Greek demporacy seems to have at some point come to an end,

> Around 460 B.C., under the rule of the general Pericles (generals were among the only public officials who were elected, not appointed) Athenian democracy began to evolve into something that we would call an aristocracy - https://www.history.com/topics/ancient-greece/ancient-greece...

> It didn't exist during the founding of the US.

I'm pretty sure it did:

> The History of American journalism began in 1690, when Benjamin Harris published the first edition of "Publick Occurrences, Both Foreign and Domestic" in Boston. - https://en.wikipedia.org/wiki/History_of_American_journalism...

Even so, journalism certainly developed over the years after that because we can see it happening now.

> It can be a counter to power or it can be a servant to power.

That much can be seen. There are egregious displays of bias on both sides of the political spectrum, and it is important (IMO) to hold journalists to account using critical thought and facts.

> Of course we would.

If it's so obvious, how do /you/ think people became aware of corruption?

> Do you really think people weren't aware of corruption before journalism?

Yes and no. I would guess that lots of news was spread via word of mouth which would have been unreliable and risky (dissent within earshot of someone with the wrong loyalty could get you punished).

> The problem with modern society is that journalists have duped everyone into thinking they are essential and they are objective/good/fair/etc.

The problem, that's a pretty big statement, please give some examples.

I would agree that A problem with modern society is the manipulation of the population by (some of) the press, but it's not the /only/, or necessarily biggest, problem.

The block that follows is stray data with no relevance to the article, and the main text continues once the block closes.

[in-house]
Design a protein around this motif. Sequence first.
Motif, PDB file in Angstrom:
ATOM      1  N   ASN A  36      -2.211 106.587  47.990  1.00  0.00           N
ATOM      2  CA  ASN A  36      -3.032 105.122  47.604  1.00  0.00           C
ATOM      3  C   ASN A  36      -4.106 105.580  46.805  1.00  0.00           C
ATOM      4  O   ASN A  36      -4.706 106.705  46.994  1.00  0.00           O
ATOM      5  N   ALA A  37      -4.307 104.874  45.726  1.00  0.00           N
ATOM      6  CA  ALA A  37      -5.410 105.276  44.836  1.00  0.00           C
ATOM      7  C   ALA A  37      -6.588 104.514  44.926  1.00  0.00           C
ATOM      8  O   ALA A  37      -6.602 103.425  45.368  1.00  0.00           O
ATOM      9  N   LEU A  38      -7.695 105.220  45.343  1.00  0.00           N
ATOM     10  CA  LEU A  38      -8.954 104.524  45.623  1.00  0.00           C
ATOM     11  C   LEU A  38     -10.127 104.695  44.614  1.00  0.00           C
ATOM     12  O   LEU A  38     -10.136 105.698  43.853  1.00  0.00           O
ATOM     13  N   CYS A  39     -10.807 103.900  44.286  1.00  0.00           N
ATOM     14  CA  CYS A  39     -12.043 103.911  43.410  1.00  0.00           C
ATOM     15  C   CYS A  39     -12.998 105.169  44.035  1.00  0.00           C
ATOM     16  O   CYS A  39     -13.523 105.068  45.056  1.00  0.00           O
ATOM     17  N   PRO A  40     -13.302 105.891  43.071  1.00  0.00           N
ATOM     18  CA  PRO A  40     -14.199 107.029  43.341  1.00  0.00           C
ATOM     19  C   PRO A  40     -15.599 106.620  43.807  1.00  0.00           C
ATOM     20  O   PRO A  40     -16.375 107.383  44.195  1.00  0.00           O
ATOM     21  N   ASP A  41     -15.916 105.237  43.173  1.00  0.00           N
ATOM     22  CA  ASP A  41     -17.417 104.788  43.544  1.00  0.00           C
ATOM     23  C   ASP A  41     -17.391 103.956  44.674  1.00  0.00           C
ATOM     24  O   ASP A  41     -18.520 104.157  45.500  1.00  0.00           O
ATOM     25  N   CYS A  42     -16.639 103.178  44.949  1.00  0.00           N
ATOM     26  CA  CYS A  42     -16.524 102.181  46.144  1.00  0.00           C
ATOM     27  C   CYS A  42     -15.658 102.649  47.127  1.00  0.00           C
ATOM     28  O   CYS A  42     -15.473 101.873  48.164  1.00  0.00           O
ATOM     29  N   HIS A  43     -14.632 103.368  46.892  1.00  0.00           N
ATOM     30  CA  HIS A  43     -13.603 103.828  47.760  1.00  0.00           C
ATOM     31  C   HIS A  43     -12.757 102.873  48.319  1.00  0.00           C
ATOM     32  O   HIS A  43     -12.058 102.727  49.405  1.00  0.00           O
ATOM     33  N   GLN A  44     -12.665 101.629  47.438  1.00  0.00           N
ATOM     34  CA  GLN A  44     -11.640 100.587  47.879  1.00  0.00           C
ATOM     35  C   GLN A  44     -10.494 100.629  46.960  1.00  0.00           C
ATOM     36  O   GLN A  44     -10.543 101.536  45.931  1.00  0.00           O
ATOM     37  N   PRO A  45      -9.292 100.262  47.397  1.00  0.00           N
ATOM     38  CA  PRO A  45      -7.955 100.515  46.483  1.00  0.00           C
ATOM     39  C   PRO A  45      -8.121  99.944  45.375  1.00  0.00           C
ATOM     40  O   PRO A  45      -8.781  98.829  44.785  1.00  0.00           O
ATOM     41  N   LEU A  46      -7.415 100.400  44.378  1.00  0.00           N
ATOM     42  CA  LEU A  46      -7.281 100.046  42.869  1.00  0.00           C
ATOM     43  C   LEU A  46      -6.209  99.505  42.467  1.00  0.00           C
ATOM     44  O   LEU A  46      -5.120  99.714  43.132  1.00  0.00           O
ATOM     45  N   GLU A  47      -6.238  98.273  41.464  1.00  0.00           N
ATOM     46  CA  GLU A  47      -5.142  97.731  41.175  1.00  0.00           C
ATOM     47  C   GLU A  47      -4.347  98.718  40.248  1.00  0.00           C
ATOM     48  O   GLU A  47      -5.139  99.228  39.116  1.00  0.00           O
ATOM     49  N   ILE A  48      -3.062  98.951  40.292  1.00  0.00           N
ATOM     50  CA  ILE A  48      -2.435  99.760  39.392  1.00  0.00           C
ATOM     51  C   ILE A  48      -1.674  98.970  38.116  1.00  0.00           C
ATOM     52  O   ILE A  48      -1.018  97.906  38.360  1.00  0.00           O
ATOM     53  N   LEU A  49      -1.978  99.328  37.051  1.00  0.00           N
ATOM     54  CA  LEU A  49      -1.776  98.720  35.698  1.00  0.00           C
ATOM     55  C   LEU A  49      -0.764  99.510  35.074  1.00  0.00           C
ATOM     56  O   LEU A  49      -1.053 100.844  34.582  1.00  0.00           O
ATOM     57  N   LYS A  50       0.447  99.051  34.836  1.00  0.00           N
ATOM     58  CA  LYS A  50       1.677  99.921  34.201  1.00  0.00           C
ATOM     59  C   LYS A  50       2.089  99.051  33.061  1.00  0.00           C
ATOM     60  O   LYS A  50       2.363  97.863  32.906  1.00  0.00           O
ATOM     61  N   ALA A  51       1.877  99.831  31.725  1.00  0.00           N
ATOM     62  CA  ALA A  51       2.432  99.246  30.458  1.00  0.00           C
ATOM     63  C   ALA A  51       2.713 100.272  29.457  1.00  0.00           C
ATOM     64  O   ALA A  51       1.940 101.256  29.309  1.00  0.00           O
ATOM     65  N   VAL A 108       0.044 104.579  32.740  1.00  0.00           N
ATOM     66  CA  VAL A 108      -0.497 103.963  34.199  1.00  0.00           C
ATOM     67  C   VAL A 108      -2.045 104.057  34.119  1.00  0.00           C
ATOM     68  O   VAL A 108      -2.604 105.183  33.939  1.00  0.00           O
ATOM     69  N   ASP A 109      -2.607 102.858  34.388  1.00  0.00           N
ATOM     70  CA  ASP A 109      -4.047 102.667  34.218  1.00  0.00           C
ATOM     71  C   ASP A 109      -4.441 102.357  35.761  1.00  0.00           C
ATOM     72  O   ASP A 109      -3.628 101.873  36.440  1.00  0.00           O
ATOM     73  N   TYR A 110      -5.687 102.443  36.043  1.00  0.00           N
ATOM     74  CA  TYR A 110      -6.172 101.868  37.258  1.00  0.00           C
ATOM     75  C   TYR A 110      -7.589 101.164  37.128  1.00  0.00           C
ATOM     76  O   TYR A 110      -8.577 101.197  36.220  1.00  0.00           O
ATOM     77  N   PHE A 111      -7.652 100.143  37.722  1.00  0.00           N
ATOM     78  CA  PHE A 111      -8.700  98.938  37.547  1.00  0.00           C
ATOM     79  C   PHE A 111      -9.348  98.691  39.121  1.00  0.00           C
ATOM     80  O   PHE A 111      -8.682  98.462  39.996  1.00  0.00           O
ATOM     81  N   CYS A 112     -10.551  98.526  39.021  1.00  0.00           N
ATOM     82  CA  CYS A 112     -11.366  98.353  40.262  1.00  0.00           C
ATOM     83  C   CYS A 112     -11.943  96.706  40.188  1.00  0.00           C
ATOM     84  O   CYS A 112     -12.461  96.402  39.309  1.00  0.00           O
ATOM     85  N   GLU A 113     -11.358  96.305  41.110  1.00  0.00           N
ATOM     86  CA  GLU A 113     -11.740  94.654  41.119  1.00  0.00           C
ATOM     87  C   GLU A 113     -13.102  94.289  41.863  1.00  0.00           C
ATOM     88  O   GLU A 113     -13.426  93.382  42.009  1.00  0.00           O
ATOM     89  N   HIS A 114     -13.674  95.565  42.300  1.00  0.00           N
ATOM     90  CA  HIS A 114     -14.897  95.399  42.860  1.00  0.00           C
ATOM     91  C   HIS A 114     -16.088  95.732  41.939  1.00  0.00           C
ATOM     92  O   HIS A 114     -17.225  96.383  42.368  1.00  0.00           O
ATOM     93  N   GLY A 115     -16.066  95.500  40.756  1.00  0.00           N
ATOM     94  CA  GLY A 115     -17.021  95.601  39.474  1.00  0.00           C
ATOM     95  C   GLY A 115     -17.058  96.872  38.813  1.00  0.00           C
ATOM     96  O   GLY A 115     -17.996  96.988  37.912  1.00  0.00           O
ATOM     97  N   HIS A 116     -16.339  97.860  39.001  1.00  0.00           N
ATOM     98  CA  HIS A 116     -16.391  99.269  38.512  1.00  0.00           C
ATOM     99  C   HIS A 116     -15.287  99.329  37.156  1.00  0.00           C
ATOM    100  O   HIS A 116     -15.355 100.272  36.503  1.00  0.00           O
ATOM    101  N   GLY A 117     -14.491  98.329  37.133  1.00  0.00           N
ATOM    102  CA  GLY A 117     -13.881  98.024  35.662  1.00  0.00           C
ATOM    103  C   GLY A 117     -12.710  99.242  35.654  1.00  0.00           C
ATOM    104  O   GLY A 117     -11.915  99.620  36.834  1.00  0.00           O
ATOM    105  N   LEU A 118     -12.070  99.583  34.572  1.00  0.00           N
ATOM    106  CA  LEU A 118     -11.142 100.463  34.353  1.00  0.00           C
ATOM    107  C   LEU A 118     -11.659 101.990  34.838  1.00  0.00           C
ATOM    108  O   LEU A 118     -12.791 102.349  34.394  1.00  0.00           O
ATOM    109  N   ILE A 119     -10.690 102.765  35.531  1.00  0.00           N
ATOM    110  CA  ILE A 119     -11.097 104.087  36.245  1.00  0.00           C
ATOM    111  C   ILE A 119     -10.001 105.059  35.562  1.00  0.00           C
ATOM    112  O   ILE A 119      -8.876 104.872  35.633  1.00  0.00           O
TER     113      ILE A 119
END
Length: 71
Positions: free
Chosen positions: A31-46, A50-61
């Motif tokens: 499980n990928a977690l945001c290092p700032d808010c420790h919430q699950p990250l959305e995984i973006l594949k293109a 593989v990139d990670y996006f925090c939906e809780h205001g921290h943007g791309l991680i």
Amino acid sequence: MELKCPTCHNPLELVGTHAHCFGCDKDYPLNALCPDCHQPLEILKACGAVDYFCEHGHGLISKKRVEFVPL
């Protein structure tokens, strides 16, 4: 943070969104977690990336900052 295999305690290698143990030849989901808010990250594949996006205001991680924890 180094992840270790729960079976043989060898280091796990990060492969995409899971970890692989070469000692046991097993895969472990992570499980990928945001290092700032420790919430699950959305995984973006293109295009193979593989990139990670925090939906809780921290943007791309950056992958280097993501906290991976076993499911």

> I don't think anyone paying attention believes this any more.

I don't think that it's really changed that much. People haven't (as far as I can tell) got more manipulative or biased, it's just that the tools have changed.

> The problem with journalism is that there are no checks and balances.

Something that's hard to do if you have a "free" press I suspect.

> Nobody holding journalists/journalism to account.

Other than perhaps the readers themselves.

> A lot of it has to do with the fewer and fewer corporations owning so many media outlets and of course the ideological conformity enforced in almost all of the media.

I think we can assume that "ideological conformity" is a synonym for "bias", as we're talking about two different ideologies, liberal and conservative and the media being biased towards one of the other. I was curious so I looked up some research:

- systematic research has found no consistent partisan or ideological favoritism in news content despite fre- quent complaints of biases. - http://eds.b.ebscohost.com/eds/pdfviewer/pdfviewer?vid=1&sid... (The Liberal Media Myth Revisited: An Examination of Factors Influencing Perceptions of Media Bias)

- "We did indeed find remarkable balance in candidate valence coverage" - https://www.researchgate.net/publication/238429795_Elite_Cue... (Elite Cues and Media Bias in Presidential Campaigns)

I'm paraphrasing this one because it's a PDF in image format and I can't copy/paste, but you can go and read it yourself:

- "People [conservatives, democrats not s much apparently] have been taking cues from political elites related to media bias and have started to believe media bias exists where none does" https://dshah.journalism.wisc.edu/files/2017/01/JOC1999.pdf

There's almost certainly more reseach on this issue, I encourage you to go and look some up https://scholar.google.com/


This is an interesting podcast[1] describing the phenomena you're experiencing. At a high level, you're inclined to believe anyone that aligns with your views regardless of intelligence, logic, expertise or facts. It goes into how people cognitavely consume and intercept news.

I would say that I'm personally still open, but I think Apple has done over the years to earn its reputation of trust than Bloomberg. I feel like Bloomberg is going to double down in the next few weeks, but we'll see what happens.

[1] - https://dataskeptic.com/blog/episodes/2018/cultural-cognitio...


Personally, I feel that Bloomberg is a generally trustworthy source and when it comes to security, Apple is a generally trustworthy company. So there's an interesting juxtaposition here.